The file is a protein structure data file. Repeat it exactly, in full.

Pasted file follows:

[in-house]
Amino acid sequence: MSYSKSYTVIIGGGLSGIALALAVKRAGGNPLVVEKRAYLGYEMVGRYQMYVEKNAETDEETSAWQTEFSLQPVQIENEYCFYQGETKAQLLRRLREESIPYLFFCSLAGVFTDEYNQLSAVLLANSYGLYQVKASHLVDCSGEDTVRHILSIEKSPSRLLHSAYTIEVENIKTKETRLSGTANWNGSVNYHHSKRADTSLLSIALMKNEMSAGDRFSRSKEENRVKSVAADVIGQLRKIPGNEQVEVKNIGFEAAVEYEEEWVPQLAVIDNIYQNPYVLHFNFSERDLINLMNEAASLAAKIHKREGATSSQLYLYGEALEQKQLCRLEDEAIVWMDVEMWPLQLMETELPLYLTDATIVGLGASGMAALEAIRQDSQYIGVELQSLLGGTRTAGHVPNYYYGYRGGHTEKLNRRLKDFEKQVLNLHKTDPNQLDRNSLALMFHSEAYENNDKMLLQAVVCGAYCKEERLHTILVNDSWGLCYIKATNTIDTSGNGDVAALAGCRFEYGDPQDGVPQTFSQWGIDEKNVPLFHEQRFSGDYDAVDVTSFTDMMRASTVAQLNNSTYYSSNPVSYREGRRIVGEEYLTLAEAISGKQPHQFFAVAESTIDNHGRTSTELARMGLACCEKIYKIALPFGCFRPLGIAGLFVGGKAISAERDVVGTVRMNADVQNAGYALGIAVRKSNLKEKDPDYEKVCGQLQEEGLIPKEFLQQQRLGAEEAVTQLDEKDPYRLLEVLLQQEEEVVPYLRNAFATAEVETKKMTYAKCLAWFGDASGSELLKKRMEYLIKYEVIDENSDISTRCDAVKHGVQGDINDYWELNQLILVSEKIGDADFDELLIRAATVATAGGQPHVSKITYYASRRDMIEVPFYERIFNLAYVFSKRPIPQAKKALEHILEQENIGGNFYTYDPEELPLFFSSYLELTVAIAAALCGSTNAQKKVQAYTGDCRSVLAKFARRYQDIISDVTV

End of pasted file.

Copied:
[in-house]
Amino acid sequence: MSYSKSYTVIIGGGLSGIALALAVKRAGGNPLVVEKRAYLGYEMVGRYQMYVEKNAETDEETSAWQTEFSLQPVQIENEYCFYQGETKAQLLRRLREESIPYLFFCSLAGVFTDEYNQLSAVLLANSYGLYQVKASHLVDCSGEDTVRHILSIEKSPSRLLHSAYTIEVENIKTKETRLSGTANWNGSVNYHHSKRADTSLLSIALMKNEMSAGDRFSRSKEENRVKSVAADVIGQLRKIPGNEQVEVKNIGFEAAVEYEEEWVPQLAVIDNIYQNPYVLHFNFSERDLINLMNEAASLAAKIHKREGATSSQLYLYGEALEQKQLCRLEDEAIVWMDVEMWPLQLMETELPLYLTDATIVGLGASGMAALEAIRQDSQYIGVELQSLLGGTRTAGHVPNYYYGYRGGHTEKLNRRLKDFEKQVLNLHKTDPNQLDRNSLALMFHSEAYENNDKMLLQAVVCGAYCKEERLHTILVNDSWGLCYIKATNTIDTSGNGDVAALAGCRFEYGDPQDGVPQTFSQWGIDEKNVPLFHEQRFSGDYDAVDVTSFTDMMRASTVAQLNNSTYYSSNPVSYREGRRIVGEEYLTLAEAISGKQPHQFFAVAESTIDNHGRTSTELARMGLACCEKIYKIALPFGCFRPLGIAGLFVGGKAISAERDVVGTVRMNADVQNAGYALGIAVRKSNLKEKDPDYEKVCGQLQEEGLIPKEFLQQQRLGAEEAVTQLDEKDPYRLLEVLLQQEEEVVPYLRNAFATAEVETKKMTYAKCLAWFGDASGSELLKKRMEYLIKYEVIDENSDISTRCDAVKHGVQGDINDYWELNQLILVSEKIGDADFDELLIRAATVATAGGQPHVSKITYYASRRDMIEVPFYERIFNLAYVFSKRPIPQAKKALEHILEQENIGGNFYTYDPEELPLFFSSYLELTVAIAAALCGSTNAQKKVQAYTGDCRSVLAKFARRYQDIISDVTV